Planting flower pots and hanging baskets are a good example. One hanging 14" basket cost around $200. One big pot with a tree and perennials and annuals would go for $1000 and they'd hire me every year. And I used the clients own pots, not new ones. That was a larger bill. You wouldn't believe the number of plants that go into these pots. Chop chop, stuff stuff, cramming little plants together in LARGE pots but always with one or two or three larger, more mature, huge root systems planted in that large pot to get soil and water and drainage system going.

It is really a no no to plant a too small plant in a pot too large. Fresh potting soil. Make sure you use potting soil. Use Osmocote fertilizer you will need to only add once or twice per year. Absolutely no compost added, no sand, and no gravel below the soil and above the hole. Use pot feet or pieces of tile to get air under the pot, now that really improves drainage! And always leave a good inch or so between the top of the soil and the rim for proper watering. Let the potting soil dry out some before watering again. During the summer...depending on the pot size and the plant it might be every day. Otherwise, it will not should not be everyday. This is how you train the roots to grow to be able to get at moisture at the bottom half of the pot. All plants need this. Otherwise, saturated soil in the garden and especially pots will kill plants. Gravel beneath the soil causes a 'perched water table' actually ruining any drainage.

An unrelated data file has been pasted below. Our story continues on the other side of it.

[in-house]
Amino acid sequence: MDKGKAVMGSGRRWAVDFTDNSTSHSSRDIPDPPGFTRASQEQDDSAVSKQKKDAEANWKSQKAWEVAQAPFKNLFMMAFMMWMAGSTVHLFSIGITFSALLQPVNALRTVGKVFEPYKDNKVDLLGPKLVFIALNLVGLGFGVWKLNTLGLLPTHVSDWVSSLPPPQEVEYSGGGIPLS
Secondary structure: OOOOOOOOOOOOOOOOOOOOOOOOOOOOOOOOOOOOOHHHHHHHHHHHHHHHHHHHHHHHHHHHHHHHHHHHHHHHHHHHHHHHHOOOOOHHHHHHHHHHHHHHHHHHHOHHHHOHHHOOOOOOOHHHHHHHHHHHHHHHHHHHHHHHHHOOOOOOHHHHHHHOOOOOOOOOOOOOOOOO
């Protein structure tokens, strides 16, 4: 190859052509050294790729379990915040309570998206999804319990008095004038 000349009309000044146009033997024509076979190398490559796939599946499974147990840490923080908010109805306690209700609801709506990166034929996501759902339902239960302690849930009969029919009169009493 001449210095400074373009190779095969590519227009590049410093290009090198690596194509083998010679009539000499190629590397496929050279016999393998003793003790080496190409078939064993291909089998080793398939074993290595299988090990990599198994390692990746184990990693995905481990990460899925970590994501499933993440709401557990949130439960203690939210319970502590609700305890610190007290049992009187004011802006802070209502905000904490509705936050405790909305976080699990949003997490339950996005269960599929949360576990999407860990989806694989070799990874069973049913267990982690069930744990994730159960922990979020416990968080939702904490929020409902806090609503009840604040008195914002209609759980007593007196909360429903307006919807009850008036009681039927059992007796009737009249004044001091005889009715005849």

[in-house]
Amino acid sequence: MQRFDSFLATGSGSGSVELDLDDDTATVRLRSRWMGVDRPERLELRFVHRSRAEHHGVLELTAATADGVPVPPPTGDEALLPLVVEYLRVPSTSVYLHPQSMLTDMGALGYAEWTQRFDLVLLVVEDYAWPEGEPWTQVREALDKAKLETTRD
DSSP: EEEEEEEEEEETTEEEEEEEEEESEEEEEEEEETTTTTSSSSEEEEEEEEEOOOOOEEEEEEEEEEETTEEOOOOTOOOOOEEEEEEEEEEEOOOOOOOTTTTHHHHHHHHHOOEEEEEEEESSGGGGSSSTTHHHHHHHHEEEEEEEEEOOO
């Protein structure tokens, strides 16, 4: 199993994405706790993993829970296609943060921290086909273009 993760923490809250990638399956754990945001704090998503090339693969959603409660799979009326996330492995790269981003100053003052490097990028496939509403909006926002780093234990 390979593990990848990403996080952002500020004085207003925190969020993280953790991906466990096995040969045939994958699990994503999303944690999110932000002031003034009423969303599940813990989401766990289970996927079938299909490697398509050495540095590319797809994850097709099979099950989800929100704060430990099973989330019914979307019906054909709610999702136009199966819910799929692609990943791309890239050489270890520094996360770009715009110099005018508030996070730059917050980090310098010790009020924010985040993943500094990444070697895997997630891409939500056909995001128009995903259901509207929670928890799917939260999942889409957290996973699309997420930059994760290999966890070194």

Please send a couple of pictures.

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    Hi stormy! I can't seem to get that picture link to work. I know how frustrating that is! Can you fix it? If you want to give me an idea of the search you used I might be able to do it for you! Commented Jun 11, 2017 at 23:06
  • I'll fix it...I tested it before I left awhile ago. It worked...then. I'll be back...
    – stormy
    Commented Jun 12, 2017 at 1:28
  • It isn't that important but it works for me...don't know if I changed anything, try it when you get a chance. That would be a headache...if you can't pull it up but I could. Thanks Sue!
    – stormy
    Commented Jun 12, 2017 at 5:11